But good comment, thank you!

Yup this is exactly what I do as well. In physics you are required to keep a detailed lab log. I kept doing it when I started my coop and slowly it evolved to the single file with day entries. I also keep a separate file for ongoing personal todos.

Same here. After a year or so i got tired of actually 'vi ~/worklog.txt' and made an alias. The alias opens up that txt file in VI, goes to end of the file, and starts a newline in insert mode haha. LOVE IT

As I started to get more experienced (also software development) I noticed that more and more people were seeking out my help - which was frustrating, because I had goals I was supposed to be working toward myself. I found that keeping a log of each interruption and how long I spent on it eased my anxiety quite a bit: although I've never actually been asked to justify why it took "so long" to complete a task, having that documentation handy just in case made me a lot more pleasant to work with.

That's quite interesting, turning the work tracking on its head and tracking interruptions instead.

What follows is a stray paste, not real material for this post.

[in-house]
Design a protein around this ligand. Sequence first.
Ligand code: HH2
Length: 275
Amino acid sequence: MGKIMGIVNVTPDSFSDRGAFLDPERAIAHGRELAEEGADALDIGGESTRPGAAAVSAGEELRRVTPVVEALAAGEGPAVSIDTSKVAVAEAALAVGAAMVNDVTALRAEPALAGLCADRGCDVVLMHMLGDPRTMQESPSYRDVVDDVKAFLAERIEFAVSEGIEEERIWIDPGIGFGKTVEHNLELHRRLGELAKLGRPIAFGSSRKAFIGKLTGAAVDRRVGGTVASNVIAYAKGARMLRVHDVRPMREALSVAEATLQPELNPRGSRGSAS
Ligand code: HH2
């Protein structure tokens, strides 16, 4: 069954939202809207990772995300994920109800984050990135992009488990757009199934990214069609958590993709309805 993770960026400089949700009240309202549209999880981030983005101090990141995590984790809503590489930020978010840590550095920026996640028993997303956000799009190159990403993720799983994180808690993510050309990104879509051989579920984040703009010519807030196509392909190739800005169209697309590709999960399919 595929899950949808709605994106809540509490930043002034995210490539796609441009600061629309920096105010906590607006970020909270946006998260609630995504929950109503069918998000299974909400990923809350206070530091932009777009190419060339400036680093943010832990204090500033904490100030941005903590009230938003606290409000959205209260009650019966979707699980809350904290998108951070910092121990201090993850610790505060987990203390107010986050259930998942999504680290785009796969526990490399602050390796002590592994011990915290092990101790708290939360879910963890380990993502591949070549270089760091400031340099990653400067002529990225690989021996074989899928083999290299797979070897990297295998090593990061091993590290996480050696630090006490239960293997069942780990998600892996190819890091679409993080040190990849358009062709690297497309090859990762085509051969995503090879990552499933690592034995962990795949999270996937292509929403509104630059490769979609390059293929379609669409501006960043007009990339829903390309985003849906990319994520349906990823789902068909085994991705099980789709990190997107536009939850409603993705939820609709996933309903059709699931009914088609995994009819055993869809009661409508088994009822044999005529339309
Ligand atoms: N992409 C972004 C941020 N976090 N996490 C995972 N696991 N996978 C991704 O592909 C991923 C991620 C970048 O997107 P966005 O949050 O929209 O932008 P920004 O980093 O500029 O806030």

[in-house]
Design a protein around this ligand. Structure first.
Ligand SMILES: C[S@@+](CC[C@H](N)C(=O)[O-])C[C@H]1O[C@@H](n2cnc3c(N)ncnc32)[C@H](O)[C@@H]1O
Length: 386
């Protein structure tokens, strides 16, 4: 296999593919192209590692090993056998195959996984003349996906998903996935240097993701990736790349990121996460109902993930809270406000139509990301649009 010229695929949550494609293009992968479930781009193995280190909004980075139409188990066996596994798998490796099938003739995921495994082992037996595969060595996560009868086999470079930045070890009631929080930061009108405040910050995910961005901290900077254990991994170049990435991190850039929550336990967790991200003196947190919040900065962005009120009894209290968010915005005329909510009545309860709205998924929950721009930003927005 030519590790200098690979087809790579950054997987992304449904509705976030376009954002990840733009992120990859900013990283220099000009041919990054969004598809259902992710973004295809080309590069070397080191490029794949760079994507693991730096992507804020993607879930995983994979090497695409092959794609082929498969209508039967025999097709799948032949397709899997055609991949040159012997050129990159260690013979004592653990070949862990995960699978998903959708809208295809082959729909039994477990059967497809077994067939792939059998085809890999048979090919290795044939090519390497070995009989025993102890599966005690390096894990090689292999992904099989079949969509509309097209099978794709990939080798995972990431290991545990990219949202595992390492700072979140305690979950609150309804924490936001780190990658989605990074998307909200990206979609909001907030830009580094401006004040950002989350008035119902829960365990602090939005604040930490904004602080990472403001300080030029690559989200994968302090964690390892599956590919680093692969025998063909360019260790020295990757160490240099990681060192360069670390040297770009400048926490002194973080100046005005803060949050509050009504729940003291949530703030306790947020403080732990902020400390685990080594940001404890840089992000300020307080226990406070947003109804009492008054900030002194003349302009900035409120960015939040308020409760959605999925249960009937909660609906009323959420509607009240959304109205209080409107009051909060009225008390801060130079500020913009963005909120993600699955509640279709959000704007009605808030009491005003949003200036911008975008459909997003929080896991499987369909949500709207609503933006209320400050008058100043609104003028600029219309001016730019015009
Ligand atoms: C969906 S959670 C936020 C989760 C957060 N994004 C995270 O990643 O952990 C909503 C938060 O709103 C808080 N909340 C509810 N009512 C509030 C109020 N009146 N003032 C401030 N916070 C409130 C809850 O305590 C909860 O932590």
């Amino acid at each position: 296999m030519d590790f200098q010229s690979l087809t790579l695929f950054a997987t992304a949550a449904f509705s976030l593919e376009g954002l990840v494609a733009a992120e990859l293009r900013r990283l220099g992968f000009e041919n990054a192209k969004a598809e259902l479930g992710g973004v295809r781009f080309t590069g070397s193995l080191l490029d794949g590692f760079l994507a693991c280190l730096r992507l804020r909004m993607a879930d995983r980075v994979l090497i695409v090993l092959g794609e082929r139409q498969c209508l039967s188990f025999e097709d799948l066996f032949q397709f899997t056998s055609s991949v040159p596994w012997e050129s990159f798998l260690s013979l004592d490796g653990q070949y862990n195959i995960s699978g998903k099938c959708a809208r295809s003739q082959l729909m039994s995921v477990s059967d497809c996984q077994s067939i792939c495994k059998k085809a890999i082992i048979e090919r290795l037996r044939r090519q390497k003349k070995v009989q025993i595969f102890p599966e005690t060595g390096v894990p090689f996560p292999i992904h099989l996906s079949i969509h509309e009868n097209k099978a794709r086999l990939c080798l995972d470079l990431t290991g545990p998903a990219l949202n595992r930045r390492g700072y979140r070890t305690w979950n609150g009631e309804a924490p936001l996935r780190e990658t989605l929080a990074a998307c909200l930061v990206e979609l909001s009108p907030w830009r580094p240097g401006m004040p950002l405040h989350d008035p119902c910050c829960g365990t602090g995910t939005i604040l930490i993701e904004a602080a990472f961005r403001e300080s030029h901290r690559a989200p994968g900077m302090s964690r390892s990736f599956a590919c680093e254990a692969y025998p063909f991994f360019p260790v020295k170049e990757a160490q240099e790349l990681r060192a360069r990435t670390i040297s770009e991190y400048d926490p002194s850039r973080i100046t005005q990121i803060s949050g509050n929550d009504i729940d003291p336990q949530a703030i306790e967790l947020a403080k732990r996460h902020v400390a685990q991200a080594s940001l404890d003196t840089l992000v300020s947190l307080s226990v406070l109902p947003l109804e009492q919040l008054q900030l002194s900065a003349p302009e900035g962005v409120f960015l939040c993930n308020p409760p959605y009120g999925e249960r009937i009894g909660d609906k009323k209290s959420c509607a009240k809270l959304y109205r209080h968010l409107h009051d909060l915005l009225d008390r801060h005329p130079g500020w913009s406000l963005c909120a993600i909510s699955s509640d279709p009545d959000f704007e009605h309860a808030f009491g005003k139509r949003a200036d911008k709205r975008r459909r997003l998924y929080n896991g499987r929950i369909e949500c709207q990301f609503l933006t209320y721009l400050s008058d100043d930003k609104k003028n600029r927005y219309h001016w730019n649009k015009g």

Some days I wonder where the day goes, with interruptions and getting back in the zone, it's a miracle anything gets done.

I've been doing something very similar to this for the past year and a half. I was inspired by one of my coworkers who has a long running list of notes in a google doc.

I run "vim `date -I`", which opens a file for the current day in the form `YYYY-MM-DD`. I keep it in a git repo that I commit and push to every time I add a note.

I separate topics using `===` surrounded by blank lines. When I go back to update a topic I already wrote something about, I separate it with `--` surrounded by blank lines.

The main thing this ends up being useful to me for is that I put off filing my timesheets until the end of the month, and then when our accounting lady gets after me, I can go back and actually write down semi-accurate notes on what I did each day.

Thanks for the tip! For anyone else who misread the `date` command and used a lowercase L, here's the command in monospace. It's an uppercase I.